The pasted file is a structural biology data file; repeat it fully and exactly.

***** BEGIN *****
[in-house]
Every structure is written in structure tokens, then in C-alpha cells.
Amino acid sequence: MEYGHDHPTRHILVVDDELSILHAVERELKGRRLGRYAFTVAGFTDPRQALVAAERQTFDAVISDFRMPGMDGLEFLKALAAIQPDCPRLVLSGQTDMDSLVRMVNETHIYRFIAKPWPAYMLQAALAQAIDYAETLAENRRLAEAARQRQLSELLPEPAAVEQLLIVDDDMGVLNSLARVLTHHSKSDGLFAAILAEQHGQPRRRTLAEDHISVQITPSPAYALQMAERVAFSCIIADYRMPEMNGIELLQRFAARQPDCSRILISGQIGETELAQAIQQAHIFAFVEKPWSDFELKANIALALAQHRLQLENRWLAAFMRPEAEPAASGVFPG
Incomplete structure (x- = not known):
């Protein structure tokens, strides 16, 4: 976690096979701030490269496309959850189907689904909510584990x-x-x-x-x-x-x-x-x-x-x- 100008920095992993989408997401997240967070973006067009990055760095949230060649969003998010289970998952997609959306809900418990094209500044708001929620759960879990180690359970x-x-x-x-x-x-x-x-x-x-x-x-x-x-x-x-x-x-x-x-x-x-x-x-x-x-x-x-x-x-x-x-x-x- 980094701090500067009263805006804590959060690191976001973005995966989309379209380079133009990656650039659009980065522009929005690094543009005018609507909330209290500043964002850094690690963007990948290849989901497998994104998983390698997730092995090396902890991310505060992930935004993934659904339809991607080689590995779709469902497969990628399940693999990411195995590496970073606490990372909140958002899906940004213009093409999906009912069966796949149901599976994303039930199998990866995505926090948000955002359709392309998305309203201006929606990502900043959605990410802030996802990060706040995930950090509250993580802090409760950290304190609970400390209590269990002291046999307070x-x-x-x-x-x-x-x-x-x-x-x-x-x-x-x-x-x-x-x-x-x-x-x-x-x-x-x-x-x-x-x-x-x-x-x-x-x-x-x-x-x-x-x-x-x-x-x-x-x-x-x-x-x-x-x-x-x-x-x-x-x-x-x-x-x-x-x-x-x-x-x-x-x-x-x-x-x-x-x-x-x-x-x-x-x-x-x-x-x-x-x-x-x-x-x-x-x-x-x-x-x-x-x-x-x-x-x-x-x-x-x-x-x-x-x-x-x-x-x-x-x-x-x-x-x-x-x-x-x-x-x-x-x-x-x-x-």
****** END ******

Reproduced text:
[in-house]
Every structure is written in structure tokens, then in C-alpha cells.
Amino acid sequence: MEYGHDHPTRHILVVDDELSILHAVERELKGRRLGRYAFTVAGFTDPRQALVAAERQTFDAVISDFRMPGMDGLEFLKALAAIQPDCPRLVLSGQTDMDSLVRMVNETHIYRFIAKPWPAYMLQAALAQAIDYAETLAENRRLAEAARQRQLSELLPEPAAVEQLLIVDDDMGVLNSLARVLTHHSKSDGLFAAILAEQHGQPRRRTLAEDHISVQITPSPAYALQMAERVAFSCIIADYRMPEMNGIELLQRFAARQPDCSRILISGQIGETELAQAIQQAHIFAFVEKPWSDFELKANIALALAQHRLQLENRWLAAFMRPEAEPAASGVFPG
Incomplete structure (x- = not known):
């Protein structure tokens, strides 16, 4: 976690096979701030490269496309959850189907689904909510584990x-x-x-x-x-x-x-x-x-x-x- 100008920095992993989408997401997240967070973006067009990055760095949230060649969003998010289970998952997609959306809900418990094209500044708001929620759960879990180690359970x-x-x-x-x-x-x-x-x-x-x-x-x-x-x-x-x-x-x-x-x-x-x-x-x-x-x-x-x-x-x-x-x-x- 980094701090500067009263805006804590959060690191976001973005995966989309379209380079133009990656650039659009980065522009929005690094543009005018609507909330209290500043964002850094690690963007990948290849989901497998994104998983390698997730092995090396902890991310505060992930935004993934659904339809991607080689590995779709469902497969990628399940693999990411195995590496970073606490990372909140958002899906940004213009093409999906009912069966796949149901599976994303039930199998990866995505926090948000955002359709392309998305309203201006929606990502900043959605990410802030996802990060706040995930950090509250993580802090409760950290304190609970400390209590269990002291046999307070x-x-x-x-x-x-x-x-x-x-x-x-x-x-x-x-x-x-x-x-x-x-x-x-x-x-x-x-x-x-x-x-x-x-x-x-x-x-x-x-x-x-x-x-x-x-x-x-x-x-x-x-x-x-x-x-x-x-x-x-x-x-x-x-x-x-x-x-x-x-x-x-x-x-x-x-x-x-x-x-x-x-x-x-x-x-x-x-x-x-x-x-x-x-x-x-x-x-x-x-x-x-x-x-x-x-x-x-x-x-x-x-x-x-x-x-x-x-x-x-x-x-x-x-x-x-x-x-x-x-x-x-x-x-x-x-x-």